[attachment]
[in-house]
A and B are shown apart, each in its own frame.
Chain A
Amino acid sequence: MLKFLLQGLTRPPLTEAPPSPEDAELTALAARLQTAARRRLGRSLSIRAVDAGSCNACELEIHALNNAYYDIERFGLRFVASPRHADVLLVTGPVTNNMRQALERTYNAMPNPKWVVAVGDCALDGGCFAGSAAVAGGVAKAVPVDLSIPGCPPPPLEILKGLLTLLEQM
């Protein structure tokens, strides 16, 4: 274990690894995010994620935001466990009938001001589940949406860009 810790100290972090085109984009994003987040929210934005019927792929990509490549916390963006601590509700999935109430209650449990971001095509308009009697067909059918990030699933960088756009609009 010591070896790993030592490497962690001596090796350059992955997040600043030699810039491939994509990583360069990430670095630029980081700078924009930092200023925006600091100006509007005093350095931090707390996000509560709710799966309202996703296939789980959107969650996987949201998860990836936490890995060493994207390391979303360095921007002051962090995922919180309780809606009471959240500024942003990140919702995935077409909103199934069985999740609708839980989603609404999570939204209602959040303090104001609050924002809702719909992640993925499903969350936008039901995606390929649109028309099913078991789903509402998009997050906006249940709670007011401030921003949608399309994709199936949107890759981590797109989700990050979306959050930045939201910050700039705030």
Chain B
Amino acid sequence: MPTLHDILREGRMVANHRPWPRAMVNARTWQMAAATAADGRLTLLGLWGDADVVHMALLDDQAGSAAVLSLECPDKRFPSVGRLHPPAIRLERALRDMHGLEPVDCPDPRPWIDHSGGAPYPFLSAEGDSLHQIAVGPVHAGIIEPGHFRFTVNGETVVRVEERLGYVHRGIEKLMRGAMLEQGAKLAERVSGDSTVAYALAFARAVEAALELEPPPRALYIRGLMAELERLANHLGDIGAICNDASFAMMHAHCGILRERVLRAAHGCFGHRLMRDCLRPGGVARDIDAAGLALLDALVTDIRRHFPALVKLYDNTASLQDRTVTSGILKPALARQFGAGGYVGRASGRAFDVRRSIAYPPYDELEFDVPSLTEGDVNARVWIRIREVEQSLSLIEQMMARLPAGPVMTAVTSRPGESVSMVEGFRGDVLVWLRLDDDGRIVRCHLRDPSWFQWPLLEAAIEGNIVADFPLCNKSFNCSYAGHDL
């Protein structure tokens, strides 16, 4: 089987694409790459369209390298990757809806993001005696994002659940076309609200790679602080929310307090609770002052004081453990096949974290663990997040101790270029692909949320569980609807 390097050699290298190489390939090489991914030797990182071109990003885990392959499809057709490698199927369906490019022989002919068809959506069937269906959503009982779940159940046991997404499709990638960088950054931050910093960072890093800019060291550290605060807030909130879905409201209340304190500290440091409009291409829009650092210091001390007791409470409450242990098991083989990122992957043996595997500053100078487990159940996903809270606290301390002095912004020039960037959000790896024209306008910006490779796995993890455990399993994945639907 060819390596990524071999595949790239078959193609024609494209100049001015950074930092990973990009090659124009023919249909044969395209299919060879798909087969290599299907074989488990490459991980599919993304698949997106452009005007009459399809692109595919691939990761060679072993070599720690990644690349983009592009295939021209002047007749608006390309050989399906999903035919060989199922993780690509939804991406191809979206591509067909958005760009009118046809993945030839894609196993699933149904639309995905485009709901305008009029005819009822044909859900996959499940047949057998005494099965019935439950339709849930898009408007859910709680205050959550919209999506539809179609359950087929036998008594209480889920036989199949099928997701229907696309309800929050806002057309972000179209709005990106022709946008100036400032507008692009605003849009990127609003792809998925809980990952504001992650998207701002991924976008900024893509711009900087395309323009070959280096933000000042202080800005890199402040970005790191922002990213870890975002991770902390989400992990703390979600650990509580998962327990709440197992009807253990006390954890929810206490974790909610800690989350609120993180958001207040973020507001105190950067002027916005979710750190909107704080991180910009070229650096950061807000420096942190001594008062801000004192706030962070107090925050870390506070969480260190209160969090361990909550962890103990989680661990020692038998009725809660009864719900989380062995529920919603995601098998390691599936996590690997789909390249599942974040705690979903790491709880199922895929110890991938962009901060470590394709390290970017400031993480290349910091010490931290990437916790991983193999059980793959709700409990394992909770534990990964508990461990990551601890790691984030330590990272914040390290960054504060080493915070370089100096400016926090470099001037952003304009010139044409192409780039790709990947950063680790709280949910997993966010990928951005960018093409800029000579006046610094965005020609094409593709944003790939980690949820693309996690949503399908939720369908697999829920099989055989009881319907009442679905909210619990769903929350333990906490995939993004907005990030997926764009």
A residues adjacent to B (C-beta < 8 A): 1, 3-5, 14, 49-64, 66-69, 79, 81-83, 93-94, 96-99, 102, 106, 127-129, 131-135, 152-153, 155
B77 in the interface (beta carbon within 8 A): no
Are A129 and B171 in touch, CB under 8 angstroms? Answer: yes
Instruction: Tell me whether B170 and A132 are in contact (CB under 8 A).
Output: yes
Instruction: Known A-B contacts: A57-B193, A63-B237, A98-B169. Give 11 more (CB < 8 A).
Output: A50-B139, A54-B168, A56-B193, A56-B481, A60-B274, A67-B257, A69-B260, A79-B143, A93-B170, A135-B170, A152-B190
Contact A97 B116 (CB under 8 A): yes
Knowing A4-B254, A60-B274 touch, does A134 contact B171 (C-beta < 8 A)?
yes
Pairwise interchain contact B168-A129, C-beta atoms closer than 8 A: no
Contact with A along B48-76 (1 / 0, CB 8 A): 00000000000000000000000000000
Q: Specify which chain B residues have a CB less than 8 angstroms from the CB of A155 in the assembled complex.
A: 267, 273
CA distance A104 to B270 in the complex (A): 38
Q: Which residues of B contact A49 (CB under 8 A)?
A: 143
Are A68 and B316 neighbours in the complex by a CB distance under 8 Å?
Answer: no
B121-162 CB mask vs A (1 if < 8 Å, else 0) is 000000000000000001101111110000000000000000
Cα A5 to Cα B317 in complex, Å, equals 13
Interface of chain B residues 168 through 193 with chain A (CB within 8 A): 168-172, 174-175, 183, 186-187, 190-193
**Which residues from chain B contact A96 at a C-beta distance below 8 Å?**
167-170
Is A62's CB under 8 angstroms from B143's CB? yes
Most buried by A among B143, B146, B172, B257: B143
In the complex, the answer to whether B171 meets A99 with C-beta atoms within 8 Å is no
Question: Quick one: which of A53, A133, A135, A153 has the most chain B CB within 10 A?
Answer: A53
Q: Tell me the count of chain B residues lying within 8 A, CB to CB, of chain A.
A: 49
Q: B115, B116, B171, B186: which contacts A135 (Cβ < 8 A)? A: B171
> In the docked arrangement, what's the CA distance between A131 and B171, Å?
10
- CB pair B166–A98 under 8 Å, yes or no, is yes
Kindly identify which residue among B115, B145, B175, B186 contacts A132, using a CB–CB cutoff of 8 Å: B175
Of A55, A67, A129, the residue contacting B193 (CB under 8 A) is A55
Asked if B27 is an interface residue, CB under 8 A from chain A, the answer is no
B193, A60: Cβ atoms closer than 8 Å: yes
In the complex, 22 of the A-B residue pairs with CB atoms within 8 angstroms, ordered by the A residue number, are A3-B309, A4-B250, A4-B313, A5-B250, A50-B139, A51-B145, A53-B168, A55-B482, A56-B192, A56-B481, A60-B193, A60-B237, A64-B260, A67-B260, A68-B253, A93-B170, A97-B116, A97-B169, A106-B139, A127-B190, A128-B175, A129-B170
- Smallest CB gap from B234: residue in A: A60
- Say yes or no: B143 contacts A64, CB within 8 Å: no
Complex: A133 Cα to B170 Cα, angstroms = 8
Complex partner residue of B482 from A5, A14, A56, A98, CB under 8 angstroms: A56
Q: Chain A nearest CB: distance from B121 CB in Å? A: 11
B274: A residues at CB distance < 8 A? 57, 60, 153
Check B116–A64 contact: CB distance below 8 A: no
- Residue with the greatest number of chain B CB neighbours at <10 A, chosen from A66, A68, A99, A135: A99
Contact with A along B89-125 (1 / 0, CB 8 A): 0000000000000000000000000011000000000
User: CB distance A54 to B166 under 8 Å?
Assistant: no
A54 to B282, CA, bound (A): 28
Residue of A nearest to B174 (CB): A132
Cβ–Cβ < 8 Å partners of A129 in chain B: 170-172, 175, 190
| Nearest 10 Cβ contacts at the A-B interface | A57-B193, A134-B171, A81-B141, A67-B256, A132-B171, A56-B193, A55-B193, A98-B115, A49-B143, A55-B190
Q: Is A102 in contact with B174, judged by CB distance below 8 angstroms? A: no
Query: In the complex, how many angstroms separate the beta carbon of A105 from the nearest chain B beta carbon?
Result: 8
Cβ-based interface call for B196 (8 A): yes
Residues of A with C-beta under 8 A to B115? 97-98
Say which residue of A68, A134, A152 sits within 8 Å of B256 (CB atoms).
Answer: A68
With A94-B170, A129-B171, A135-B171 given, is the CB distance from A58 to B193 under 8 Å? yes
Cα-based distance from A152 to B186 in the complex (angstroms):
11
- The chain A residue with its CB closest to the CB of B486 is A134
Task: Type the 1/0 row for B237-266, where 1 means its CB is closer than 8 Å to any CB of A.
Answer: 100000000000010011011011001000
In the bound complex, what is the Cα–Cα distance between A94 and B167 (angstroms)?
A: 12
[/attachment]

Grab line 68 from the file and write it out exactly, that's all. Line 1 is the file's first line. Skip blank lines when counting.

Residues of A with C-beta under 8 A to B115? 97-98